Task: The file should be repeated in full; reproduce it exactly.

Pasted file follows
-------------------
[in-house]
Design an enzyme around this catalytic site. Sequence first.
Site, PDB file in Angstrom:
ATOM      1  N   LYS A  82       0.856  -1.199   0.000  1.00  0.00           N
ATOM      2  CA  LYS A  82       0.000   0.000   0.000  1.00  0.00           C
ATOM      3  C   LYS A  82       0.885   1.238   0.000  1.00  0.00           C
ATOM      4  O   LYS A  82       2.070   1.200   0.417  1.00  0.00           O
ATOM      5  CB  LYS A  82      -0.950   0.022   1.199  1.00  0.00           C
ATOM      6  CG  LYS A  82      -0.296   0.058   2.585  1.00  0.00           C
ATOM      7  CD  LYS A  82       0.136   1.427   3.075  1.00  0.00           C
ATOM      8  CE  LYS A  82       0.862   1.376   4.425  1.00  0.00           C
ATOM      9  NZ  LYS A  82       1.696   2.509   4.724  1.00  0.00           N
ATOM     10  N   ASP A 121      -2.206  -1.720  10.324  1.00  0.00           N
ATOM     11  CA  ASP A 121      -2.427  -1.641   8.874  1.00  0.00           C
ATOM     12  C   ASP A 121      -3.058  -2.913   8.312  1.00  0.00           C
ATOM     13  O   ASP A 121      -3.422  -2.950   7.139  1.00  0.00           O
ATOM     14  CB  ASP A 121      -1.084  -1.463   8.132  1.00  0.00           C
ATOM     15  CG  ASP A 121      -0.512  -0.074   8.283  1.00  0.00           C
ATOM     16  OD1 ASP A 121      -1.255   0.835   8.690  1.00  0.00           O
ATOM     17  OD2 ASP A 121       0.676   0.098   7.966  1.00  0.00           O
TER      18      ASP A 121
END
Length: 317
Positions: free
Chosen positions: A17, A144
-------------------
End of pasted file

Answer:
[in-house]
Design an enzyme around this catalytic site. Sequence first.
Site, PDB file in Angstrom:
ATOM      1  N   LYS A  82       0.856  -1.199   0.000  1.00  0.00           N
ATOM      2  CA  LYS A  82       0.000   0.000   0.000  1.00  0.00           C
ATOM      3  C   LYS A  82       0.885   1.238   0.000  1.00  0.00           C
ATOM      4  O   LYS A  82       2.070   1.200   0.417  1.00  0.00           O
ATOM      5  CB  LYS A  82      -0.950   0.022   1.199  1.00  0.00           C
ATOM      6  CG  LYS A  82      -0.296   0.058   2.585  1.00  0.00           C
ATOM      7  CD  LYS A  82       0.136   1.427   3.075  1.00  0.00           C
ATOM      8  CE  LYS A  82       0.862   1.376   4.425  1.00  0.00           C
ATOM      9  NZ  LYS A  82       1.696   2.509   4.724  1.00  0.00           N
ATOM     10  N   ASP A 121      -2.206  -1.720  10.324  1.00  0.00           N
ATOM     11  CA  ASP A 121      -2.427  -1.641   8.874  1.00  0.00           C
ATOM     12  C   ASP A 121      -3.058  -2.913   8.312  1.00  0.00           C
ATOM     13  O   ASP A 121      -3.422  -2.950   7.139  1.00  0.00           O
ATOM     14  CB  ASP A 121      -1.084  -1.463   8.132  1.00  0.00           C
ATOM     15  CG  ASP A 121      -0.512  -0.074   8.283  1.00  0.00           C
ATOM     16  OD1 ASP A 121      -1.255   0.835   8.690  1.00  0.00           O
ATOM     17  OD2 ASP A 121       0.676   0.098   7.966  1.00  0.00           O
TER      18      ASP A 121
END
Length: 317
Positions: free
Chosen positions: A17, A144